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When everyone has a home

028 9024 5640: Housing & Debt Helpline for Northern Ireland

Growing affordability concerns in the private rented sector

Recent research reports by the Chartered Institute of Housing and the Fabian Society have pointed to growing affordability concerns in the private rented sector, caused by changes and cuts to Housing Benefit. Affordability is also a growing concern for Housing Rights’ clients, particularly those in the private rented sector.

Impact of Housing Benefit cuts in the private rented sector

The research by the Chartered Institute of Housing (CIH) demonstrates the cumulative effect of recent changes and cuts to Housing Benefit in the private rented sector. 80% of Local Housing Allowance (LHA) rates across Northern Ireland now no longer actually pay for the cheapest 30% of the local market, with tenants having to pay up to £9.46 per week. By 2020, CIH claim that the freeze of Housing Benefit will result in LHA rates bearing little real relationship with actual private sector rents.

The Fabian Society’s report demonstrates the potential for significant future rises in these shortfalls. The report points out that if rent levels rise in line with recent projections of earnings increases, as they have in the past, by 2020 the typical weekly shortfall could be £19 per week. If Housing Benefit claimants are in accommodation above the 30th percentile, this shortfall will rise even further.

These shortfalls could result in significant difficulties for private tenants in sustaining their tenancies, or finding alternative private accommodation. The cuts and freezes of Housing Benefit could also affect affordability for social tenants, given Government plans to cap social rents at the Local Housing Allowance rate from 2018.

Housing Benefit in the Private Rented Sector

Since April 2008, Housing Benefit in the private rented sector has been paid using the Local Housing Allowance system. Under this system, Northern Ireland is split into 8 Broad Rental Market Areas (or BRMAs). The Housing Executive collects information on prices in the private rented sector every year, and sets a maximum level for the amount of LHA that someone can get – in 2008, this was the 50th percentile of the market, effectively meaning that LHA would pay for, at most, the cheaper half of the market.

Another feature of the LHA system was that a household would only be paid Housing Benefit for a certain number of bedrooms, depending on their needs. For example, an adult couple would only get enough Housing Benefit for a 1-bed house, or a single parent with 1 child would only get enough Housing Benefit for a 2-bed house.

Recent changes and cuts

Since 2010, there have been several changes and cuts to Housing Benefit for people living in the private rented sector:

  • Since October 2011, Local Housing Allowance has been reduced to the 30th percentile of the local market. This means that instead of paying for the cheaper half of the local market, LHA now only pays for the cheapest 30%.
  • Since January 2012, the “Shared Accommodation Rate” of LHA applies to claimants under 35. This means that Housing Benefit claimants under 35, living in the private rented sector, are only entitled to enough Housing Benefit to pay for a single room in a shared house.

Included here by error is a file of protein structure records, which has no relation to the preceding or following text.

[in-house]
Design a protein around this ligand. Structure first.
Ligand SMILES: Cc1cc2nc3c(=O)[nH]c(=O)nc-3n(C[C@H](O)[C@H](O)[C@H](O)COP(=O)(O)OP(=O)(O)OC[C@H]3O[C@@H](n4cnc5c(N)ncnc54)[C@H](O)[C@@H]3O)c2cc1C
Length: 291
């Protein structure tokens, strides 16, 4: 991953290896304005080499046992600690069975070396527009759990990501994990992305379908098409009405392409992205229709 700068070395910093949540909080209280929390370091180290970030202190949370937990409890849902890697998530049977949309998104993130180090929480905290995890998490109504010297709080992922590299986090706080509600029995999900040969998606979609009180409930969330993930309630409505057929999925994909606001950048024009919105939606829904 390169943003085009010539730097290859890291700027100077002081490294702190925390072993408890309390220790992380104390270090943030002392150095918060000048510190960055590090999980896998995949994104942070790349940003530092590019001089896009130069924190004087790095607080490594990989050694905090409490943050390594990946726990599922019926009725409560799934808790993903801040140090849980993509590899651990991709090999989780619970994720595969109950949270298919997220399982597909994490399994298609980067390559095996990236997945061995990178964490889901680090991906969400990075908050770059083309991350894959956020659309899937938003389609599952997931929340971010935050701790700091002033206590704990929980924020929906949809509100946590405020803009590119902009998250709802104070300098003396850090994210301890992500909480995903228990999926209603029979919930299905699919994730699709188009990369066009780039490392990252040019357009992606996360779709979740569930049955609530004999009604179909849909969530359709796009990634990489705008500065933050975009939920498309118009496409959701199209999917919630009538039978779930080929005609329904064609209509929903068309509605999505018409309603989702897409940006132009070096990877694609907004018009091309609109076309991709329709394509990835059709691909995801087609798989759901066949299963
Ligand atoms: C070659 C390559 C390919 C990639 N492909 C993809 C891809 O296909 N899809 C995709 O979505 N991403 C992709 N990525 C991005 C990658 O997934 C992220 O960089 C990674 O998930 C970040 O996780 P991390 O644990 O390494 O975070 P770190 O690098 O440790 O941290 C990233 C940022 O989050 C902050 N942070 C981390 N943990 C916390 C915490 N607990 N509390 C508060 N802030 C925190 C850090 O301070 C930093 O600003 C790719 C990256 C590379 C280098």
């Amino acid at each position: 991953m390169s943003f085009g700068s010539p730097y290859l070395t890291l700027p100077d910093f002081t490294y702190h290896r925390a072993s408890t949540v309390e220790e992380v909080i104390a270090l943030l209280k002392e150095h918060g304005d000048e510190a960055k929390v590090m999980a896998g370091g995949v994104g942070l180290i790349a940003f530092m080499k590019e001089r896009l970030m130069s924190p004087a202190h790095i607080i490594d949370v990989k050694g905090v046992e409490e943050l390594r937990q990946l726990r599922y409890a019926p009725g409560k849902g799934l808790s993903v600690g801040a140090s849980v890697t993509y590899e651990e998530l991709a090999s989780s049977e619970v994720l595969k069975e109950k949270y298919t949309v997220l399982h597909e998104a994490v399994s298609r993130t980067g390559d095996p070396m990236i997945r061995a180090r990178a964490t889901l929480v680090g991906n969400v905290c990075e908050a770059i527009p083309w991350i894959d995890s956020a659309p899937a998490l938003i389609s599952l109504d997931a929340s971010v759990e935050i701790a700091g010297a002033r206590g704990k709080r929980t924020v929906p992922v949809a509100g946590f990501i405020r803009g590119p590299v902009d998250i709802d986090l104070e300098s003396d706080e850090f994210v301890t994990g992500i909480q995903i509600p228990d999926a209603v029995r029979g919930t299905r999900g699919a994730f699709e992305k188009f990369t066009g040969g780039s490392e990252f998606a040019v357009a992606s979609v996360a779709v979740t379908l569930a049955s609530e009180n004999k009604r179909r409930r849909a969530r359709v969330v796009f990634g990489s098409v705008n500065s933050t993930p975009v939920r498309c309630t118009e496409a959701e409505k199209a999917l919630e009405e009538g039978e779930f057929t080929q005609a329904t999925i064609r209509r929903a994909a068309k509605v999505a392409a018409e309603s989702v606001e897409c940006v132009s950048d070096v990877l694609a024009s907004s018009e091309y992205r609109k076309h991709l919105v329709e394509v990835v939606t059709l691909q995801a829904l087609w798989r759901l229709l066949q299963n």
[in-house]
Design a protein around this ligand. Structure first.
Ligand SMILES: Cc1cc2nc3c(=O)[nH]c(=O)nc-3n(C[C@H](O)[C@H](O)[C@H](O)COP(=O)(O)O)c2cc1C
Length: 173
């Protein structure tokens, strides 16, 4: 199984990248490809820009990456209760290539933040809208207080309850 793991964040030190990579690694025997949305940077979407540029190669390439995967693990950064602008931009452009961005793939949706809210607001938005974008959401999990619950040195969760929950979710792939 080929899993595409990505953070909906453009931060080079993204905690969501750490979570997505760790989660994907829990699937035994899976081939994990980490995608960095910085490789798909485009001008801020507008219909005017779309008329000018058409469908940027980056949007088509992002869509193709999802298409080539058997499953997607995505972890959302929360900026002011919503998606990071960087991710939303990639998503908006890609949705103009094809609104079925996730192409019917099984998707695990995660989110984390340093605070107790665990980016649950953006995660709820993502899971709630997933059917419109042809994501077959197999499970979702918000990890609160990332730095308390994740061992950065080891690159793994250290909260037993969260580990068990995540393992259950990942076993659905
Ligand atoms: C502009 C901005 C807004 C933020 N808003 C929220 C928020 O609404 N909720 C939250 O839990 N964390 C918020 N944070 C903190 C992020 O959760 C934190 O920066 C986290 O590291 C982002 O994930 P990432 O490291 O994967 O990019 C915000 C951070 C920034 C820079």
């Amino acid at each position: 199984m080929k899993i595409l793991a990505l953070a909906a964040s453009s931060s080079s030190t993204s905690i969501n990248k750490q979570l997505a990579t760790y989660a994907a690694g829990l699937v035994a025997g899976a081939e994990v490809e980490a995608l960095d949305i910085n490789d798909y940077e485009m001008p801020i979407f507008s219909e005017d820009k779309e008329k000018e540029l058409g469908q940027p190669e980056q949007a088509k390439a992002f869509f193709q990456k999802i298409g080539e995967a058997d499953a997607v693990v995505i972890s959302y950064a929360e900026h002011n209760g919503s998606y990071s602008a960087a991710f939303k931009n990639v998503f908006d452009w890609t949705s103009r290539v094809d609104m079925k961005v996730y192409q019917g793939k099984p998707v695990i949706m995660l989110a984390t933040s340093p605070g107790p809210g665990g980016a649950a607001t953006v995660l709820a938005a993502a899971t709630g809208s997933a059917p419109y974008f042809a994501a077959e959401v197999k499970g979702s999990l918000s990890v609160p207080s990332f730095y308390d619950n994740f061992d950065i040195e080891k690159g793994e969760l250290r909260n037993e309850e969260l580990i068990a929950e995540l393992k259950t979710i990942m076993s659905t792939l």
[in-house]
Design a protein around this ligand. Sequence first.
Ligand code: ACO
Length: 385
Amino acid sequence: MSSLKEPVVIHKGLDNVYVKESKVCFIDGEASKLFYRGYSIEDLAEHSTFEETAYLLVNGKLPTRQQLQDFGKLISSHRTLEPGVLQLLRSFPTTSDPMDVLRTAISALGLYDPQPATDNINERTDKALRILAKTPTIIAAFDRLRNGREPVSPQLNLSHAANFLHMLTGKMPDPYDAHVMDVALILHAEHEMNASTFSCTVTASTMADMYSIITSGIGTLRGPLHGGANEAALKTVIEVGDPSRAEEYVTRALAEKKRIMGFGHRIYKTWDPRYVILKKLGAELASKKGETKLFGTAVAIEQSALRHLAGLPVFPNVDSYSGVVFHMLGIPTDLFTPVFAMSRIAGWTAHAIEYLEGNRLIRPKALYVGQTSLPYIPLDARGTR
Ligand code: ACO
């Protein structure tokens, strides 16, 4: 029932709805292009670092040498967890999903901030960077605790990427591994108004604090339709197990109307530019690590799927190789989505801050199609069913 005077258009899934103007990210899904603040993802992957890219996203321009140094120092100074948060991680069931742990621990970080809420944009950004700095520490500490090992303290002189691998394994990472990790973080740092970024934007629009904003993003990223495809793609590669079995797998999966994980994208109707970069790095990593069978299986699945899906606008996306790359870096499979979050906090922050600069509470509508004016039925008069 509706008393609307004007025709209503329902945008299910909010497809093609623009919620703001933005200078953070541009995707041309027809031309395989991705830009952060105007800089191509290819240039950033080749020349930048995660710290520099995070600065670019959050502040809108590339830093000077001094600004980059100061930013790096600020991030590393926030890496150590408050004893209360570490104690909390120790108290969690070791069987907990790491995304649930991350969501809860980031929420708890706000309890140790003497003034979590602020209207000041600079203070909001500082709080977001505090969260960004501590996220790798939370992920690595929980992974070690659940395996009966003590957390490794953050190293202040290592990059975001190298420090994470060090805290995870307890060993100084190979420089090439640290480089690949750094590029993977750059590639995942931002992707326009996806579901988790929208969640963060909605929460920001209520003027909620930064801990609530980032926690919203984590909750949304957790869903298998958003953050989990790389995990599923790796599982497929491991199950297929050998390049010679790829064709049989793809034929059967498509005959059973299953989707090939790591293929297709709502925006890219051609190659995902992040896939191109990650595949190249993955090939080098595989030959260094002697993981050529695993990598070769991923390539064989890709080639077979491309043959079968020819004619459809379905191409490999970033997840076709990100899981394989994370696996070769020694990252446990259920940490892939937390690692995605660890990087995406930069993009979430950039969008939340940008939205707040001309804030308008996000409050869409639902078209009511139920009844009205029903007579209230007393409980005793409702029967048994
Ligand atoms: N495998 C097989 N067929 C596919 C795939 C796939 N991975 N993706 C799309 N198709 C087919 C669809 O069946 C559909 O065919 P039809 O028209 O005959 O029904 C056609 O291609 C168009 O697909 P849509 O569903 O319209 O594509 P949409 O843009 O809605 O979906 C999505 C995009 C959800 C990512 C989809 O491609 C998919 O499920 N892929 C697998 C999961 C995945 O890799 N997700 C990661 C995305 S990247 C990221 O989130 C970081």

• Since 2013/14, the uprating of LHA has been capped at the CPI measure of inflation (the lowest of the main measures of inflation). This is often lower than typical annual increases in rent.
  • Since 2014/15, the uprating of LHA was capped at a maximum of 1%.
  • From 2015/16, the LHA rate has been frozen for 4 years.
  • In May 2016, the Benefit Cap was introduced to Northern Ireland; families affected by the Cap could see their Housing Benefit reduced to as little as £0.50 per week. (The Cap is mitigated fully in Northern Ireland, for families with children, until 31st March 2020.)

Worried about sustaining your home? Contact us

Housing Rights’ advisers deal with queries on housing and affordability every day. Call our helpline on 028 9024 5640 from 9.30am-2.30pm Monday  - Friday, and select option 3 to talk with an adviser. 

Housing Rights Private Rented Sector Conference 2016 

We will be holding our annual Private Rented Sector conference on Wednesday 23 November. This one-day conference will examine best practice for the private rented sector across the UK and Ireland. It will cover the key areas likely to be debated in government proposals expected to be published for consultation later this year. Focussing on key areas such as licensing and letting fees; supply and affordability, and; security of tenure and eviction, attendees can expect to learn more about the latest developments across the UK and Ireland.

10% off for all bookings made before the 7 October.

Tagged In

Benefits, Money Matters, Private Tenancies


Stephen Orme

This article was written on 12 September 2016. It should not be relied on as a statement of the current law or policy position. For help with housing issues please contact our helpline on 028 9024 5640 or use our online chat service at www.housingadviceNI.org.